That support should go beyond sending an annual e-mail with a list of resources, suicide risk and prevention experts say. Additional steps to take might include holding events such as stress-management workshops or sponsoring thesis-writing support groups. “You want to make it a culture in the department to acknowledge that graduate school is hard and there are things you can do to help cope with it,” Columbia’s Labouliere says. “Maybe then people won’t get to the point of feeling trapped.”
Some chemistry departments are making efforts to reduce stress where they can, foster more open discussions about mental health, and encourage students to talk with each other.
When Philippe Buhlmann, a chemistry professor at the University of Minnesota, became his department’s director of graduate studies, he made it his mission in that role to promote mental health. He started by working with UMN’s mental health services to develop a survey of chemistry graduate students to figure out their primary stressors. The most intense ones turned out to be the interrelated needs to publish and to find a job upon graduation. “We can’t eliminate those,” Buhlmann says. “We want 100% of our students to get a job.”
But Buhlmann and colleagues did identify some measures that the department could take to reduce students’ stress. For example, the department reconsidered annual student progress reports and self-evaluations. Without guidance, some students are harder on themselves than they should be. “They come up with their own scale that by all objective assessment is twisted,” Buhlmann says. Now, after the students self-evaluate, their advisers must also weigh in to concur or correct the student’s assessment, clarifying expectations and improving communication in the process.
The department also now requires that fourth-year students meet with their thesis committee members to talk about research progress and career aspirations. “Students were worried that this would be just another hoop” to jump through, Buhlmann says. “But I’m getting very positive feedback. It gives students other perspectives and pushes them to think more realistically” about how to reach their postgraduation goals.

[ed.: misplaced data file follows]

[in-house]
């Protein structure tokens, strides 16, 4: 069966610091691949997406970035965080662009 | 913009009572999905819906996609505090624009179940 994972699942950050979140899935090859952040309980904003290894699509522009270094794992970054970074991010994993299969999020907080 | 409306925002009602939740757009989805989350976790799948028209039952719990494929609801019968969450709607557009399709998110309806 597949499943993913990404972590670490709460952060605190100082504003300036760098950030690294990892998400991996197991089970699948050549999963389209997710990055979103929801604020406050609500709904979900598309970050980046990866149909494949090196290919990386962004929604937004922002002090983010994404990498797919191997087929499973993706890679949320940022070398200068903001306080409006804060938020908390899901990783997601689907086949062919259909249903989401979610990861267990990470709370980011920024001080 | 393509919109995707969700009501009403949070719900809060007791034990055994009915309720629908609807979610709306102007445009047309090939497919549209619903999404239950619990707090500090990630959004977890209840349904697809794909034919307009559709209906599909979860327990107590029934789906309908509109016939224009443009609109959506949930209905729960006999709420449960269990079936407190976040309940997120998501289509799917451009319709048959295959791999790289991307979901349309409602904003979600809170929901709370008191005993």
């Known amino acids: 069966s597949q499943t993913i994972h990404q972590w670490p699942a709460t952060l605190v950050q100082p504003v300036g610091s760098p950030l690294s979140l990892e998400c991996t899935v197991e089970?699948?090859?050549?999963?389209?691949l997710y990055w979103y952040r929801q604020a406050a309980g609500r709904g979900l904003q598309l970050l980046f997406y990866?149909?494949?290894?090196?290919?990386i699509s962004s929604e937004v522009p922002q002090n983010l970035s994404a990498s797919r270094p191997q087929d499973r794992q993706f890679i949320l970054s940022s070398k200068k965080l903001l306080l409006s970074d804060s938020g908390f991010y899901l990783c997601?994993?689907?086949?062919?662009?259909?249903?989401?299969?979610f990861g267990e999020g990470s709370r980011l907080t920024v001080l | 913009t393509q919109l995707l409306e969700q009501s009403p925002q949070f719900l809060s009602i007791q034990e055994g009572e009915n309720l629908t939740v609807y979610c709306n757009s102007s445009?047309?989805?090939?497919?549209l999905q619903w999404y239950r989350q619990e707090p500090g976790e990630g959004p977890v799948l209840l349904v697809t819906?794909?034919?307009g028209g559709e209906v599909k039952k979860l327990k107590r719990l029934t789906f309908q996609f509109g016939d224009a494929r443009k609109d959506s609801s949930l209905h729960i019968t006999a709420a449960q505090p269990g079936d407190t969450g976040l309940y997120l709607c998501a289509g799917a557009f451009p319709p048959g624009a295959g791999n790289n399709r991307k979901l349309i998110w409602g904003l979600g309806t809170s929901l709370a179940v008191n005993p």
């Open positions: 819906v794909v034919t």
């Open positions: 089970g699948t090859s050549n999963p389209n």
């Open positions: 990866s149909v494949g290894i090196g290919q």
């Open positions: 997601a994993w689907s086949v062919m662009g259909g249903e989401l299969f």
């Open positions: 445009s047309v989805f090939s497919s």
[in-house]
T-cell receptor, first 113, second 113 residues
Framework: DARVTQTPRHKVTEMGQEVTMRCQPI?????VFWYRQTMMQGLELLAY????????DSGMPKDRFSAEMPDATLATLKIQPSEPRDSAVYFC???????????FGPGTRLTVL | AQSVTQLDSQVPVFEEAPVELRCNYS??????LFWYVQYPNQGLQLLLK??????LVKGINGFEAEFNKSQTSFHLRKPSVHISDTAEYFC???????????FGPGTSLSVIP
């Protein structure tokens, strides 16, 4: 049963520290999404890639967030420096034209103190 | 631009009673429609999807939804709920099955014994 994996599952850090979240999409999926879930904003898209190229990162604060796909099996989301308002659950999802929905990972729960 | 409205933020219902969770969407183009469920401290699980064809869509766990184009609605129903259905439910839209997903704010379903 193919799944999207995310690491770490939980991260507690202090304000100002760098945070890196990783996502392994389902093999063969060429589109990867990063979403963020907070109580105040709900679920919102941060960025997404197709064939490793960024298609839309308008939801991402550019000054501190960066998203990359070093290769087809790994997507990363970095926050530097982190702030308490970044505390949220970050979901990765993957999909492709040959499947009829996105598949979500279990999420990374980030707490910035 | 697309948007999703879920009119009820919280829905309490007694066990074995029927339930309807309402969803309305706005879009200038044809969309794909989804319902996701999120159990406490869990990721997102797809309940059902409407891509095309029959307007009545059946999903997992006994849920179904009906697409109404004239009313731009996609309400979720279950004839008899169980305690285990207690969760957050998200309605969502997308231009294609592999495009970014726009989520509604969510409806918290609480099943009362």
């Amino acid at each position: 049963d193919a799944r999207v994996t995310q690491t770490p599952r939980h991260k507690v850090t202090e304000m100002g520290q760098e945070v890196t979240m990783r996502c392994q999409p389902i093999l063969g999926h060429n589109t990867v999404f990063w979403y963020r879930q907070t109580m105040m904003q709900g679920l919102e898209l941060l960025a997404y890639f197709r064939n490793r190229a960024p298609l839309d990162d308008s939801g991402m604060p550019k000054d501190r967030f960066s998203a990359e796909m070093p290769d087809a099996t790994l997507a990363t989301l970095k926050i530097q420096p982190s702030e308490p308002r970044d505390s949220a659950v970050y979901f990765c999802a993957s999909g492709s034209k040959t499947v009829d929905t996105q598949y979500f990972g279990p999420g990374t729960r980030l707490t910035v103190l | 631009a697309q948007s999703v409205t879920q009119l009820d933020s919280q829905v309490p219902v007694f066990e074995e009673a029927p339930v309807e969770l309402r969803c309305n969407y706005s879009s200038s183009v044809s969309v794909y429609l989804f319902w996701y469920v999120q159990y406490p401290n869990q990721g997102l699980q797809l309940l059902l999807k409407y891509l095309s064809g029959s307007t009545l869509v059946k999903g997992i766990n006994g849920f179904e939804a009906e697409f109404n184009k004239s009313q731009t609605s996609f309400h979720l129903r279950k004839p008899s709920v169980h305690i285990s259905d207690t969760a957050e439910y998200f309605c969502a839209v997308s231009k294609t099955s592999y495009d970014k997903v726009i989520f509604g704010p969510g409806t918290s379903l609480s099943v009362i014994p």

Buhlmann also formed a student-run group called the Community of Chemistry Graduate Students (CCGS) that has a $3,000 budget to plan events promoting physical, mental, and social health. Activities so far have included hosting weekly runs and biweekly social hours, creating videos about depression, and holding panel discussions on topics such as stress reduction or how to write a résumé. “If we have too many things that are too strongly focused on mental health, then we don’t get good turnout,” says third-year chemistry graduate student and CCGS chair Evan Anderson. “If we mix things up, then we get better attendance overall.” A recent picnic had 150 attendees, which included more than half of the graduate students in the department.
Similar efforts are afoot in the department of chemistry and chemical biology at Harvard University. That department tried to implement changes after graduate student Jason Altom died by suicide in 1988—at the time, the department’s fourth suicide death in eight years. Some of those efforts, such as a biweekly catered dinner, didn’t stick.